The nation is heading into the next century with an aging work force that will include increasing numbers of workers forced to stay on the job longer because they cannot afford to retire.
That outlook emerged from the Workforce 2020 report of the Hudson Institute, a conservative think tank.
The report also raises the specter of a work force increasingly divided by education and skills into the “haves” and “have nots,” with little hope for the low-skilled unless major changes are made in education and employment policies.
The work force is expected to remain dominated by white non-Hispanics. But Hispanics, a population grouping that includes whites and blacks, gradually will displace African-Americans as the largest minority ethnic group in the work force, the report said, drawing on U.S. Census projections.
But the biggest single workplace change taking place over the next generation will be the aging of the work force, according to the authors. “The American labor force will become somewhat more brown and black in the next 20 years, but its most pervasive new tint will be gray,” the report said.
The authors warned that “U.S. public policy as well as many employers have yet to come to grips with the full implications of America’s aging.”
The report highlights the retirement dilemma to be faced by many in the “baby boom” generation - Americans born between 1945 and 1965, who will begin to reach age 65 in the year 2010.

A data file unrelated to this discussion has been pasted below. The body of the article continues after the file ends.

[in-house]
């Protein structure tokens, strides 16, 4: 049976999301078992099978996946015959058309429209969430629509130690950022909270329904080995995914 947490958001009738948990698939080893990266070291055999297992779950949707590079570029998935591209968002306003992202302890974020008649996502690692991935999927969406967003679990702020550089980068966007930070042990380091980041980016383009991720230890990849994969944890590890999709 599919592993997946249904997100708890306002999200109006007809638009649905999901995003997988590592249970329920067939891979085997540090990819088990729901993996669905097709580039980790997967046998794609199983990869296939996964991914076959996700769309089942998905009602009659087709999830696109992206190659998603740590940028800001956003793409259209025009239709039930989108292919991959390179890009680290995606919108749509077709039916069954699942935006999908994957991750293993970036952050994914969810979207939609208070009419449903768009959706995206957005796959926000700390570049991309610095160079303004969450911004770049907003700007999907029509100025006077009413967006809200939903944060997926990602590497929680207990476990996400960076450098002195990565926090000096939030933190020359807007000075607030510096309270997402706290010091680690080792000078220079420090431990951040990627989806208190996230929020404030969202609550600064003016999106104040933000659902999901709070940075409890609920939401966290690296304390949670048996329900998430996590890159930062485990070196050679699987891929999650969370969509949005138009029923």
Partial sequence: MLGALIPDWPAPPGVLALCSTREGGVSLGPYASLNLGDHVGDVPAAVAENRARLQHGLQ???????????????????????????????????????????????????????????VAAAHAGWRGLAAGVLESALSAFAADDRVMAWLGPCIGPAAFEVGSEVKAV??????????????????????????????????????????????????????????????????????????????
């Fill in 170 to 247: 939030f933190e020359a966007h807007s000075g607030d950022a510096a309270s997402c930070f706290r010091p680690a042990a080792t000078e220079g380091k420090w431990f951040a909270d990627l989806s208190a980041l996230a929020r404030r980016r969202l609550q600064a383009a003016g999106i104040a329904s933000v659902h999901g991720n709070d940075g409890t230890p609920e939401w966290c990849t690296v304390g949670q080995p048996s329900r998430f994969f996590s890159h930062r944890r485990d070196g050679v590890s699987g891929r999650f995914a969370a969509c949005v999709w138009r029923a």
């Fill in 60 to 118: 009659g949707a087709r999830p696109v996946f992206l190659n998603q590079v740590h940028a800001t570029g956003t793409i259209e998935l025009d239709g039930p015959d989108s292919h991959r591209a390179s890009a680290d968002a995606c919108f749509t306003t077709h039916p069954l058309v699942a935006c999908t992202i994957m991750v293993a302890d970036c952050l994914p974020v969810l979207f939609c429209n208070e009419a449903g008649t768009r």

“By the year 2020, almost 20 percent of the U.S. population will be 65 or older.” the report said. “There will be as many Americans of ‘retirement age’ as there are 20- to 35-year-olds. America’s aging baby boomers will decisively affect the U.S. work force, through their departure from and continued presence in it.”
Many workers in the baby boom generation will not be able to afford to retire when they reach age 65, according to the report. “Some who reach age 65 will continue to require outside income and will be unable to retire. Many others will not want to retire and will seek flexible work options. As average life expectancies extend past 80 years of age, even many of the well-heeled will conclude that 20 years on golf courses and cruise ships do not present enough of a challenge,” the report said.
This demographic phenomenon, the authors predict, will force public policy-makers to come to grips with the building pressures on both the Social Security system and Medicare. And, they said, it will force employers to rethink their employment and benefits policies to deal with the problem of older workers.
In the workplace, the authors said, employers and workers will have to change their ways to accommodate the growing number of older workers among them. For employers, this means devising a new benefits scheme for such things as health coverage to meet the needs of the elderly and long-term care.
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